From time to time, I will do a compilation post under the title “Alt-Wheels Notes.” I’m also creating a new Category just for these: Alt-Wheels Notes. There’s no particular order to what’s posted below.
Have you ever ordered food to be delivered to your office or apartment?
If you said yes, you helped change how every person will experience New York City streets and sidewalks.
Aside from cyclists who agitated for bike lanes, we owe a debt of gratitude to all of the delivery workers who have been persecuted by The Mayor Who Wants To Be President. They have been the true bellwether for Alt-Wheels in NYC.
Unlike New York State, the State of California knows that electric skateboards exist: AB-1112 Shared mobility devices: local regulation.(2019-2020)
This bill would define a “shared mobility device” as a bicycle, electric bicycle, motorized scooter, electrically motorized board, or other similar personal transportation device, that is made available to the public for shared use and transportation, as provided.
Boldfaced emphasis added by me.
What term will they use when they finally discover electric unicycles?
Lime has published: 3 Important Stats That Will Help Keep You Safe On An E-Scooter This Summer
48% of injured scooter riders sustained an injury to the head.
According to a meta-analysis of studies performed between 1989-2017, bicycle helmets have been shown to:
Reduce head injury by 48%
Reduce serious head injury by 60%
Reduce traumatic brain injury by 53%
As noted in our spring safe riding article, helmet design has come a long way in the past decade. Companies like Closca and Park and Diamond now (or will very soon) offer stylish, collapsible head protection that’s easy to carry and store when you’re not riding.
Be smart. Wear a helmet.
Skip rental eScooters revealed a bin of LiOn batteries caught fire:
Skip also has a Pinned Tweet that shows a new eScooter:
With its swappable battery, it could be a customized Inboard Gilder eScooter. Inboard decided they would concentrate on fleet sales instead of selling to individual customers.
Alt-Wheels takes another step towards being legal in NY State:
The Governor still has to sign. And then the battle will begin in New York City. We’ll have to fight The Mayor Who Wants To Be President and a City Council with its Speaker who face-planted on a rental eScooter. In addition, we’ll have to battle some dinosaurs who never realized “their greenway” (known in this blog as the west side bike path) was already being used by eBikes and other Alt-Wheels. Here, let me trigger them by showing a rider I photographed:
When Alt-Wheels is finally legal in NYC — and the west side bike path — can we celebrate by building a bonfire to get rid of this sign:
I love this headline: Electric scooter sales strong despite being illegal in Toronto
Serena Tunge just bought one two weeks ago.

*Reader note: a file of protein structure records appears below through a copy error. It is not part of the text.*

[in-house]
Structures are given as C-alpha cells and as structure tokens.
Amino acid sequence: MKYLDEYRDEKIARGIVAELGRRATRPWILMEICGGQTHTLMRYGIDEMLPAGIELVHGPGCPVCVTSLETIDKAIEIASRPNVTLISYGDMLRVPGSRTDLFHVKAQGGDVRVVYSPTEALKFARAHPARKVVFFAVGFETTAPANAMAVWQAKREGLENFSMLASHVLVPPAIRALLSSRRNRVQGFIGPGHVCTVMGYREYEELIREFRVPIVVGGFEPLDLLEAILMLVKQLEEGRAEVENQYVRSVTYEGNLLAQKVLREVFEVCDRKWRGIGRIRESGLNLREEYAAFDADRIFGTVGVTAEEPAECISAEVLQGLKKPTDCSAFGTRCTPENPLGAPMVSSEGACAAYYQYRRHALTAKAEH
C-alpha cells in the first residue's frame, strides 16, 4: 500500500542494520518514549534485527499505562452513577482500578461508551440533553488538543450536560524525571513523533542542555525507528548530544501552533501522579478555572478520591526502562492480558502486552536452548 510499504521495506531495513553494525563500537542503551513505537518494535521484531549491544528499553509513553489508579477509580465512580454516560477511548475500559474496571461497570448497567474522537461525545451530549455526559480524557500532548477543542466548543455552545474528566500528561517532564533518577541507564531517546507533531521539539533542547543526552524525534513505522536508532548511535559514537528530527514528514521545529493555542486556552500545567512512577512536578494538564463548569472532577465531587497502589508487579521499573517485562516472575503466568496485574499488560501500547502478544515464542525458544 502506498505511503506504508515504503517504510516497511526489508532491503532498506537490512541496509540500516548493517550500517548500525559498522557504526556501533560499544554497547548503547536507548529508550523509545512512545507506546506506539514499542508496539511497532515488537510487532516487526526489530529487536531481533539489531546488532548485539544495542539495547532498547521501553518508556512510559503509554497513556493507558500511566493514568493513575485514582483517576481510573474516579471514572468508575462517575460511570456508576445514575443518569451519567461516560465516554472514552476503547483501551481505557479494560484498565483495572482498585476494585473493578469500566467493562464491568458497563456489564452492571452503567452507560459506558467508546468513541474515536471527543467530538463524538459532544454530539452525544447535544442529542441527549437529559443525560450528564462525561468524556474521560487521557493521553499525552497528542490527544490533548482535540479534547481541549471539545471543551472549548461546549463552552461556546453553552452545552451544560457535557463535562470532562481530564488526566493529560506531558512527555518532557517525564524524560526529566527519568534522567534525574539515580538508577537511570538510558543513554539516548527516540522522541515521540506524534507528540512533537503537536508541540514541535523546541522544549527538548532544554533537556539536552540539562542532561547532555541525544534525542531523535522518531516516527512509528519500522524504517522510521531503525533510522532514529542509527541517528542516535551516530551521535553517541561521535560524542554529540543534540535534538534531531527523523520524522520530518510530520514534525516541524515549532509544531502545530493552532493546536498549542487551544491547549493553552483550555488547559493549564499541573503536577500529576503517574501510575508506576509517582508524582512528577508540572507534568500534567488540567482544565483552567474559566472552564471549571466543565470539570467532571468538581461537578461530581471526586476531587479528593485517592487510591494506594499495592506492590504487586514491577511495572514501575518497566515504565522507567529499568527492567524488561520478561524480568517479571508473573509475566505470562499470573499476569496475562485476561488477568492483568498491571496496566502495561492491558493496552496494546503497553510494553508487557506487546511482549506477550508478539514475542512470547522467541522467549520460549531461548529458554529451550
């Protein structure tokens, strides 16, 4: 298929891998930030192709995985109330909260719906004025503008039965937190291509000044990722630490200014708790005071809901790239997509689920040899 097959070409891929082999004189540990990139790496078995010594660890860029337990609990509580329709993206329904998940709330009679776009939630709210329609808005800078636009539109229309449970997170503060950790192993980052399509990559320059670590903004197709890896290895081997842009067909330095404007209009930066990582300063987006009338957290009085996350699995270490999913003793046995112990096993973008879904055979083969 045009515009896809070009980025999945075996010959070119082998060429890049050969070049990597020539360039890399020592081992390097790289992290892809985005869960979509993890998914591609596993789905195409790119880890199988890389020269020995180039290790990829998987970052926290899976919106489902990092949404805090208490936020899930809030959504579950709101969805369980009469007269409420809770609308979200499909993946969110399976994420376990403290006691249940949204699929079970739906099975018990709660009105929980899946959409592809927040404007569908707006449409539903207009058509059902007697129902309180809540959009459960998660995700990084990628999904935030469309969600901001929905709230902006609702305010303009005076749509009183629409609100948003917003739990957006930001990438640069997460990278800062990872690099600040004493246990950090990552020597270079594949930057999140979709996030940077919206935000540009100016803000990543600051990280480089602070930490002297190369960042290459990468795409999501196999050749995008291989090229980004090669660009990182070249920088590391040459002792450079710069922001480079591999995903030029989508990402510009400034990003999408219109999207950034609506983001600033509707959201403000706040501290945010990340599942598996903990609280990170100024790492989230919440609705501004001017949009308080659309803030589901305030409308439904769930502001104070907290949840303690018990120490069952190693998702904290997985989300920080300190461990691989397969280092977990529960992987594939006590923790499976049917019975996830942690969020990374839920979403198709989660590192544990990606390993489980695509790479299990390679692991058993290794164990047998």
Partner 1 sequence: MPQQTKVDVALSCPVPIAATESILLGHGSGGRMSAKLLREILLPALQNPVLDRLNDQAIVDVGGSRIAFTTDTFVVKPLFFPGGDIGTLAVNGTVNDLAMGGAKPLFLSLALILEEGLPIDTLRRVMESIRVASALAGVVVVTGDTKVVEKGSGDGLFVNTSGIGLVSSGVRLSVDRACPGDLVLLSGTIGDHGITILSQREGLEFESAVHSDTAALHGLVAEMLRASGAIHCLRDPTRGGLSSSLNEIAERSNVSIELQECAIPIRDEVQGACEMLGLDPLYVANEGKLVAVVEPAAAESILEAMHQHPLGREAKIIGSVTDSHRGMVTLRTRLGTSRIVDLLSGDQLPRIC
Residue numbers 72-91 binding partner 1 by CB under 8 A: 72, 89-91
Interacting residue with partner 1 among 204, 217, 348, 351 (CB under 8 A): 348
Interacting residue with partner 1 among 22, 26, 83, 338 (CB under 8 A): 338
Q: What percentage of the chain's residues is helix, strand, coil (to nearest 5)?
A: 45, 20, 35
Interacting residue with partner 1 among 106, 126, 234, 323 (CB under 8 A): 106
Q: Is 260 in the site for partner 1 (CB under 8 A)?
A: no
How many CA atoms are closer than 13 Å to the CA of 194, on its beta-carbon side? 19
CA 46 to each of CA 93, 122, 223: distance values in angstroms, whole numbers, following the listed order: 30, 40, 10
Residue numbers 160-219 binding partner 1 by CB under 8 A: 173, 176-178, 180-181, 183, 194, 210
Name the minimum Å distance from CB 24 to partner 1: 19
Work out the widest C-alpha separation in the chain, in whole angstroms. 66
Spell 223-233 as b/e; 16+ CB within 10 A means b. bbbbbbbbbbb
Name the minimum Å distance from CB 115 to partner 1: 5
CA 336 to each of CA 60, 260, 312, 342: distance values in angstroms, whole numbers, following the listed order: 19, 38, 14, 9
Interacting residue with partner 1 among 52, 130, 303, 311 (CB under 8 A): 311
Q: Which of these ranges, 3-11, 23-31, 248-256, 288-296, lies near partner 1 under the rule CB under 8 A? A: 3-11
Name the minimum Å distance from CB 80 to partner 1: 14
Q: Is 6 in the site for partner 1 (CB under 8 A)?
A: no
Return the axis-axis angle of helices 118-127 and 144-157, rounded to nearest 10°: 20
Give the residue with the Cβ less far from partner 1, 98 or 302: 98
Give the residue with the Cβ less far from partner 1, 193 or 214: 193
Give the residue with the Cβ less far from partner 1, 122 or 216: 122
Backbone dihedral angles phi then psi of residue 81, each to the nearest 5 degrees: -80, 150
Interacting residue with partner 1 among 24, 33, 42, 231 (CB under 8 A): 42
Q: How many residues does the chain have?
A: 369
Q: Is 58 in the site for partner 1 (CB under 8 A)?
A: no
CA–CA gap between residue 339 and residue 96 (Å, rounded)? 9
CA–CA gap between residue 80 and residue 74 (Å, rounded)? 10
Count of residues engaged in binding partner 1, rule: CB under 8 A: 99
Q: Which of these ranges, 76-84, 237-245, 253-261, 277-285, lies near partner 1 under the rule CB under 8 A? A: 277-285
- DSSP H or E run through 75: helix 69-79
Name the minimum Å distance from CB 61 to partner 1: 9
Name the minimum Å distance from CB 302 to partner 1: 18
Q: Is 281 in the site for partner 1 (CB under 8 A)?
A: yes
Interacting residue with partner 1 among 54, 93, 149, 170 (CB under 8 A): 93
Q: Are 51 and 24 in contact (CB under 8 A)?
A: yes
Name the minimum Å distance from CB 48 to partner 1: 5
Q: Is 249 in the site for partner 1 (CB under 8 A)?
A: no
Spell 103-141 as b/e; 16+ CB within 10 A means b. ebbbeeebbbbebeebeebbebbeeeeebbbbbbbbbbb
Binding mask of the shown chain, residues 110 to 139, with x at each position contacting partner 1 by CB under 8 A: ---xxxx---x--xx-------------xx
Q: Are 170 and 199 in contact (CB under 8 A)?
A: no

“It’s better than hopping on the bus or streetcar and I don’t have to pay for parking,” said Tunge. “They’re easy to use too. You just pedal, push the throttle and you’re off.”
Boldfaced emphasis added by me.
Exactly. Although that city probably has better mass transit than NYC, our own failing MTA is the best argument for Alt-Wheels.
Corporations have to deal with a new reality. Their employees are using rental eScooters on business trips and want reimbursement as a business expense: Louise Miller On Innovation In Ground Transportation
In a report on first-quarter activity, expense management firm Certify revealed that scooter startups were “starting to appear” in expense reports. Providers, some of which also rent bicycles, include Bird, Lime, Razor and Scoot. It won’t be long before those items are commonplace.
A follow-up article – which is paywalled — brings up a related issue: Business Travelers Using E-Scooters Raise Risk Management Questions
Corporations will allow the expense. They’ll all cave once their most important employees report that the only way they could get to an important meeting or site was using some form of Alt-Wheels.
The “woke” New York Daily News finally woke up to Alt-Wheels: Reinventing the wheels: The right way to legalize scooters and e-bikes
The state legislation sets a top scooter speed of 20 mph. That’s faster than the 15 or 18 mph that scooter-share networks let their gizmos go. Why? A Rutgers study shows that facial and head injuries on the devices have shot up from 2,325 in 2008 to 6,957 in 2018 nationwide. Two-thirds of those injured had no helmets.
The word “helmet” appears nowhere in the bill. New York should require them.
The speed limit is a joke. First, I’ve seen performance cyclists moving faster than that on the west side bike path — by pedaling! Second, until there are protected Alt-Wheels lanes everywhere, riders must compete with motor vehicles and often it’s a burst of speed that can save their lives. Third, eUnicycles consider 20mph “walking speed.” As for helmets, I’m for them but not in the bill. If you’re going to require them for eScooters, then you should damn well require them for CitiBike rentals. The News is bringing up helmets to sabotage rental eScooters. Fine, let me sabotage CitiBike rentals with the same argument!
What’s new about these free-range rental scooters, as well as the free-range bikes showing up in some communities in Eastern Massachusetts, is that we’re essentially turning our sidewalks, parks, and other public spaces into giant outdoor rental shops.
And yet all of the public parking for private motor vehicles is taken as a given!
Future Motion announced the smallest Onewheel yet.